“We look forward to the launch of this important partnership as we expand in Europe. These 110 trucks will make a significant contribution to growing our fleet, while we continue to join forces with established industry players such as Scania for innovation and product development in the global transport industry,” explained Ellen Kugelberg, Chief Product Officer at Einride.
Einride’s order is Scania’s largest electric heavy-duty truck deal in Europe to date. It is also just the beginning of a new long-term partnership that will contribute to both companies’ ambitions to expand electric freight.
As of this writing, Scania is completing the delivery of 78 fully electric L-series trucks to the Amager Resource Center (ARC) for urban waste processing in the Copenhagen area. The first two trucks have already been delivered in December 2021, and the rest of the fleet will be delivered during 2022 and the first half of 2023. Once this order is completed, the company may request an additional 23 trucks.
Low-entry L-series cabs equipped with Scania City Door improve working conditions for drivers and crews with optimized ergonomics and driver comfort for urban transport operations with frequent stops.
“It was important for us that the trucks have a high level of safety and new innovative safety solutions. Scania also offered comprehensive training and education, including stand-by service, along with a strong service network that ensured high uptime,” explained Jacob Hartvig Simonsen, managing director of ARC.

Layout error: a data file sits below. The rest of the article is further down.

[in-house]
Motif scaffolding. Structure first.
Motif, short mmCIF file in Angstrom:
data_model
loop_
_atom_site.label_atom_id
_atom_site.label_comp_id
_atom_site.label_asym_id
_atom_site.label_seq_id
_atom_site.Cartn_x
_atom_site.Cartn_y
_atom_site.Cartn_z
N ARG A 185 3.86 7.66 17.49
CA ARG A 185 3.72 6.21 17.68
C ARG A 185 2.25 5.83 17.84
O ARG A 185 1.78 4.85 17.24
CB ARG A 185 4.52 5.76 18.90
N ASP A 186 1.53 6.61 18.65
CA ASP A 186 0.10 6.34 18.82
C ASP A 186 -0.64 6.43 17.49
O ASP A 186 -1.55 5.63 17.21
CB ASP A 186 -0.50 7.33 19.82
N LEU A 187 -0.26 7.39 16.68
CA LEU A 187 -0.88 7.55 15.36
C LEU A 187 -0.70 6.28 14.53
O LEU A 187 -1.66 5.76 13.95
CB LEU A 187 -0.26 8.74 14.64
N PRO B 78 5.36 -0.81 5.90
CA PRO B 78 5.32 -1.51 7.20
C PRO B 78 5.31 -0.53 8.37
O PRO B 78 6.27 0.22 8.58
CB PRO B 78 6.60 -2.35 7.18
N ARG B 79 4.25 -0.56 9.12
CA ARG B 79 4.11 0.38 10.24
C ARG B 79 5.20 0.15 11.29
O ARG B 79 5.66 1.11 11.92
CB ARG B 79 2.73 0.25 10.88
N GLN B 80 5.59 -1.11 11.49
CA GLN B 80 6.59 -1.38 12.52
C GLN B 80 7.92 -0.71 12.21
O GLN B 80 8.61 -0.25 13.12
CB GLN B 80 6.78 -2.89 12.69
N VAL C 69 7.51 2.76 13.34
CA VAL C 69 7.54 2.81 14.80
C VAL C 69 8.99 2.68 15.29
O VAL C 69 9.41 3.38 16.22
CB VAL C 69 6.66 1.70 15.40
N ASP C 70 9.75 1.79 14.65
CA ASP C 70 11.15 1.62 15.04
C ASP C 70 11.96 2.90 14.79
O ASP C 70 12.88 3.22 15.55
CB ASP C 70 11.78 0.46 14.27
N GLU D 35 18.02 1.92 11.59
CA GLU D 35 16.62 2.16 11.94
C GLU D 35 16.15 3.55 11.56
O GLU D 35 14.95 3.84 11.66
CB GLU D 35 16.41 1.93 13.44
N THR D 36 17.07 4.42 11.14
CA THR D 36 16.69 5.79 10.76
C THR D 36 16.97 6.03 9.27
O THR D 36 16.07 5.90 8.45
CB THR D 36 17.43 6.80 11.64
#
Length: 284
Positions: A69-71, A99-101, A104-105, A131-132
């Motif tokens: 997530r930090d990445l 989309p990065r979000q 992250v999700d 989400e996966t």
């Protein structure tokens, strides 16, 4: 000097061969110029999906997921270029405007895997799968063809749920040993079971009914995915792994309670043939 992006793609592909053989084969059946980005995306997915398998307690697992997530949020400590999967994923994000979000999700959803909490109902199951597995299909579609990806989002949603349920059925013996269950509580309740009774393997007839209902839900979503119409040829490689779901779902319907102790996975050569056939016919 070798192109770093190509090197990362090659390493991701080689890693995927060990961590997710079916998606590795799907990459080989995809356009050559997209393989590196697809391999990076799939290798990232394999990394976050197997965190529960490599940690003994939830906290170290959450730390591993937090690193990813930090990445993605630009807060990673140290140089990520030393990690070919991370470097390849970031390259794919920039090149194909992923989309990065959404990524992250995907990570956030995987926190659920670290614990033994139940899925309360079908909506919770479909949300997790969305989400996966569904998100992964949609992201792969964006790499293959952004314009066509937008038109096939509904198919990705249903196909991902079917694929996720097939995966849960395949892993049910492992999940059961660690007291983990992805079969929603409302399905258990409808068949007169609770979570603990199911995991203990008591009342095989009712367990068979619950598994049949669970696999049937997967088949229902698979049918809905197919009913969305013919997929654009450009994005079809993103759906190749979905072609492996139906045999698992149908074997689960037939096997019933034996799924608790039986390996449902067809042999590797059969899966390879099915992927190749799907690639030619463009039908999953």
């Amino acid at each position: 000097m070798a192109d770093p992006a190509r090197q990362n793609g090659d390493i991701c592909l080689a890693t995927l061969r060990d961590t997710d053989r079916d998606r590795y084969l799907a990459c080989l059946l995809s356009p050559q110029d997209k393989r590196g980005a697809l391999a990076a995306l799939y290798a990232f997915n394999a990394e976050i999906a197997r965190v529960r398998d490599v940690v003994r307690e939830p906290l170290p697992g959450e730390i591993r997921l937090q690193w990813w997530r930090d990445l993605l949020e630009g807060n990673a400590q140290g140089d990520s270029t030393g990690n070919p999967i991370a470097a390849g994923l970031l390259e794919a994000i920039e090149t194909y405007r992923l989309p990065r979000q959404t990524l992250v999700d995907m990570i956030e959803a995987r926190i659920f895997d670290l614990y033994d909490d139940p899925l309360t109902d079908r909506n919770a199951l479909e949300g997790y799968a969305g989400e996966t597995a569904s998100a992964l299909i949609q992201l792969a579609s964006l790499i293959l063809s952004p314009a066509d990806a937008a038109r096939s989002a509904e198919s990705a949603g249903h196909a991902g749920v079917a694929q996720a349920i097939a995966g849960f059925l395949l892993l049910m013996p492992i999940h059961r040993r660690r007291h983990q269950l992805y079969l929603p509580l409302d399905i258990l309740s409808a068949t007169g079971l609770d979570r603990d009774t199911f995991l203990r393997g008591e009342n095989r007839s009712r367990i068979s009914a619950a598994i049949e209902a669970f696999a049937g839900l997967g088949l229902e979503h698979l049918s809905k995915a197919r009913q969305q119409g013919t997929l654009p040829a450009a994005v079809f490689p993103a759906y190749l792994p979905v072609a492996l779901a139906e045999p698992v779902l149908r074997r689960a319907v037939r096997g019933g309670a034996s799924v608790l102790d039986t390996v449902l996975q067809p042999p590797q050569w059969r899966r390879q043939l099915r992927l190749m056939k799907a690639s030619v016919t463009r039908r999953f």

Decarbonising waste management and recycling is an important part of Copenhagen’s ambitious goal to become the world’s first carbon neutral capital by 2025. ARC’s famous Amager Bakke waste-to-energy plant, with its rooftop ski slope and recreation area, is a symbol of the city’s sustainability. has ambitions and ARC aims to be the world’s first carbon-neutral waste-to-energy plant.
Taking responsibility on the road
In June 2020, the first electric road test track equipped with catenary overhead lines started operating in Germany. Two years later, the track along the A5 highway near Frankfurt is being extended another 7 kilometers and its construction is expected to be completed. by the end of this year.
Scania initially ran three EV trucks equipped with pantographs. By January 2021, five trucks were using the five-kilometer electric road. Seven more trucks have been added so far this year.